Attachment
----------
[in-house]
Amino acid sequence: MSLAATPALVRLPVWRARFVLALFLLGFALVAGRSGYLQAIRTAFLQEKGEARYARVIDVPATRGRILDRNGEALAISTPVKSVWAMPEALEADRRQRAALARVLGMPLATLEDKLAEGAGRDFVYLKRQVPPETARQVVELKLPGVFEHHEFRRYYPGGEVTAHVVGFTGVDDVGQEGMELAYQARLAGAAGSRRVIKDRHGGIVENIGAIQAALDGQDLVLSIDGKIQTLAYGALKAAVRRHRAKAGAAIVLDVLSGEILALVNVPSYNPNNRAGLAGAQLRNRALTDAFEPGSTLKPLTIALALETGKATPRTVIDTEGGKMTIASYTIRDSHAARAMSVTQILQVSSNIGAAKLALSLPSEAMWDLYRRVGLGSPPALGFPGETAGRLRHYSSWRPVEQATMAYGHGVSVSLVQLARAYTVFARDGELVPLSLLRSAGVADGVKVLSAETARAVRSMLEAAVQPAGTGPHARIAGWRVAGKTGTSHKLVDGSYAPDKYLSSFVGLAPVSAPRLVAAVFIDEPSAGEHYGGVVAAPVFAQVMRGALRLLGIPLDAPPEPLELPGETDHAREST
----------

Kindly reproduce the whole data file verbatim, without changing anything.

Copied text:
[in-house]
Amino acid sequence: MSLAATPALVRLPVWRARFVLALFLLGFALVAGRSGYLQAIRTAFLQEKGEARYARVIDVPATRGRILDRNGEALAISTPVKSVWAMPEALEADRRQRAALARVLGMPLATLEDKLAEGAGRDFVYLKRQVPPETARQVVELKLPGVFEHHEFRRYYPGGEVTAHVVGFTGVDDVGQEGMELAYQARLAGAAGSRRVIKDRHGGIVENIGAIQAALDGQDLVLSIDGKIQTLAYGALKAAVRRHRAKAGAAIVLDVLSGEILALVNVPSYNPNNRAGLAGAQLRNRALTDAFEPGSTLKPLTIALALETGKATPRTVIDTEGGKMTIASYTIRDSHAARAMSVTQILQVSSNIGAAKLALSLPSEAMWDLYRRVGLGSPPALGFPGETAGRLRHYSSWRPVEQATMAYGHGVSVSLVQLARAYTVFARDGELVPLSLLRSAGVADGVKVLSAETARAVRSMLEAAVQPAGTGPHARIAGWRVAGKTGTSHKLVDGSYAPDKYLSSFVGLAPVSAPRLVAAVFIDEPSAGEHYGGVVAAPVFAQVMRGALRLLGIPLDAPPEPLELPGETDHAREST